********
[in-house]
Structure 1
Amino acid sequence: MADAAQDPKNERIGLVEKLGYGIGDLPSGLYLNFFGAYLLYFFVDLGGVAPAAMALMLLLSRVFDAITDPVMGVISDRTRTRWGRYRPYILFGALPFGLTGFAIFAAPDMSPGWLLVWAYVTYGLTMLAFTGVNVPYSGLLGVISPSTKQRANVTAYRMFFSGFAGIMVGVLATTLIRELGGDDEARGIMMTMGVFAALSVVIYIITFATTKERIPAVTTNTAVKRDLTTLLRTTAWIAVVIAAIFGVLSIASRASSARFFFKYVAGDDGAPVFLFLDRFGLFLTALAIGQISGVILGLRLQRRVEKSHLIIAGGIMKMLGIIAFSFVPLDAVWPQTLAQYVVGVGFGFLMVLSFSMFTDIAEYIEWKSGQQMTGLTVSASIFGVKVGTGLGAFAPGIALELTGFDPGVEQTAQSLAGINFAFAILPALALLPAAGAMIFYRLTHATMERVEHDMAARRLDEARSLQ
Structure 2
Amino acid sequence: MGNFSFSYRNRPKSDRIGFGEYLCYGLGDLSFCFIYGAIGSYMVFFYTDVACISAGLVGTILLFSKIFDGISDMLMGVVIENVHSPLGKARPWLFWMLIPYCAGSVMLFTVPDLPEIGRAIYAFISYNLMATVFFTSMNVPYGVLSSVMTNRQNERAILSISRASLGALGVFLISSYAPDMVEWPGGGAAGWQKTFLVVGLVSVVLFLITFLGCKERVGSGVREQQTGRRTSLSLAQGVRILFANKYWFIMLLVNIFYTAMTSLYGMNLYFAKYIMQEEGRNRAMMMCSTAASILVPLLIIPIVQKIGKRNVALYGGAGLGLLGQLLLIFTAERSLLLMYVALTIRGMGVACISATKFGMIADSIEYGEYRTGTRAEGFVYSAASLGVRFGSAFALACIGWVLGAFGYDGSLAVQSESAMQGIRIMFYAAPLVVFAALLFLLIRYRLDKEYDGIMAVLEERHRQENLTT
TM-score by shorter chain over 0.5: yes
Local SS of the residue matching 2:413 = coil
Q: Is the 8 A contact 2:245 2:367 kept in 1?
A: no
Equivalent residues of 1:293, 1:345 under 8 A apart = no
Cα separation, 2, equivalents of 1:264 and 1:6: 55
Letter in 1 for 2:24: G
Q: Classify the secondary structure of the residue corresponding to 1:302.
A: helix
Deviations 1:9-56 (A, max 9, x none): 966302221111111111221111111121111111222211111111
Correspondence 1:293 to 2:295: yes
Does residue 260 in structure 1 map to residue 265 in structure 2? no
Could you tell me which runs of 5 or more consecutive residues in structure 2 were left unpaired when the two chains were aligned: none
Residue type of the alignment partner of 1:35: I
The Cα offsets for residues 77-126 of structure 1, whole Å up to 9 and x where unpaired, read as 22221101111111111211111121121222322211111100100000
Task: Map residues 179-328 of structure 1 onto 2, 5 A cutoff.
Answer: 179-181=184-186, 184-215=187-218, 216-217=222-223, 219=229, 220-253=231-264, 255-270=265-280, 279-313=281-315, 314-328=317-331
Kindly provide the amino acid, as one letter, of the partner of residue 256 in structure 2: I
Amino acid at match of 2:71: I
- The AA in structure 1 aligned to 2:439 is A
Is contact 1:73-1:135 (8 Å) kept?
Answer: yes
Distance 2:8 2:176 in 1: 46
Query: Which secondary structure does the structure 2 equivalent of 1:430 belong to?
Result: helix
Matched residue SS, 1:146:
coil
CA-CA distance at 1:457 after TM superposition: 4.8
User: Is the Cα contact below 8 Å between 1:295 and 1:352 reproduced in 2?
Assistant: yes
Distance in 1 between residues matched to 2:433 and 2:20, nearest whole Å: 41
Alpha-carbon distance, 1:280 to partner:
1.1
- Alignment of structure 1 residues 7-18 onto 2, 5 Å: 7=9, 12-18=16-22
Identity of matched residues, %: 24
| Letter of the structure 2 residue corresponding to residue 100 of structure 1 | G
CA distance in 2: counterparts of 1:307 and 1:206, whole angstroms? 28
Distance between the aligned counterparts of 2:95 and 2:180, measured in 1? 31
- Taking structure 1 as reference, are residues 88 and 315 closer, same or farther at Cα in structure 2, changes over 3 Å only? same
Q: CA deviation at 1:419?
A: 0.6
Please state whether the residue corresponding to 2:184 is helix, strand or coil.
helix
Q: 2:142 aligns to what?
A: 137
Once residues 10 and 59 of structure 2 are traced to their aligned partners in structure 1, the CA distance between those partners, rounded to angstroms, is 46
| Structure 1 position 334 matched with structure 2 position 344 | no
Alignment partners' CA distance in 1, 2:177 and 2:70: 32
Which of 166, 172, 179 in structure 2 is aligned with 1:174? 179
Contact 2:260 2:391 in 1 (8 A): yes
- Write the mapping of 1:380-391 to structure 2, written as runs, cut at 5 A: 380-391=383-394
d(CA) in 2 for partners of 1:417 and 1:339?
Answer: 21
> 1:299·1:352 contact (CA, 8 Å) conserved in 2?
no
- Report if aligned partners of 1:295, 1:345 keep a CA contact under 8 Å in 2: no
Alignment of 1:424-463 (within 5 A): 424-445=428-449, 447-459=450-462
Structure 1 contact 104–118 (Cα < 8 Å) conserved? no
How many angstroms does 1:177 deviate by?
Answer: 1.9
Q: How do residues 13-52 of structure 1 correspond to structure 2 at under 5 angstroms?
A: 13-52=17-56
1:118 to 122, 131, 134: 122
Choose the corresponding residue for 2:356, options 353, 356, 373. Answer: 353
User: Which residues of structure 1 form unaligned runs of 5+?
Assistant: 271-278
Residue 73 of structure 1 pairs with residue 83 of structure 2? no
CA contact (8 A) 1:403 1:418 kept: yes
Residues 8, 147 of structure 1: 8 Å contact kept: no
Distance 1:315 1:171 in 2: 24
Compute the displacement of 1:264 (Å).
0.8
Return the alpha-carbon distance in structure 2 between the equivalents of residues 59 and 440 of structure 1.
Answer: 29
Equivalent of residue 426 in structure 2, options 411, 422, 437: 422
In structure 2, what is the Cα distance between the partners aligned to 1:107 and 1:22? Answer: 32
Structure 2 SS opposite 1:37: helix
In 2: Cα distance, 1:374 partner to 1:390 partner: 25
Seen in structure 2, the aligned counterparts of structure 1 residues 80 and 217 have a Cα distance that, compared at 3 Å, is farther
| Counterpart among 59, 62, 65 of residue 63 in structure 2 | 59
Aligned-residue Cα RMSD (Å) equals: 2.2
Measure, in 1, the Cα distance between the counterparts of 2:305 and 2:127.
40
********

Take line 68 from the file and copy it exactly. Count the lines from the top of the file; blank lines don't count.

1:118 to 122, 131, 134: 122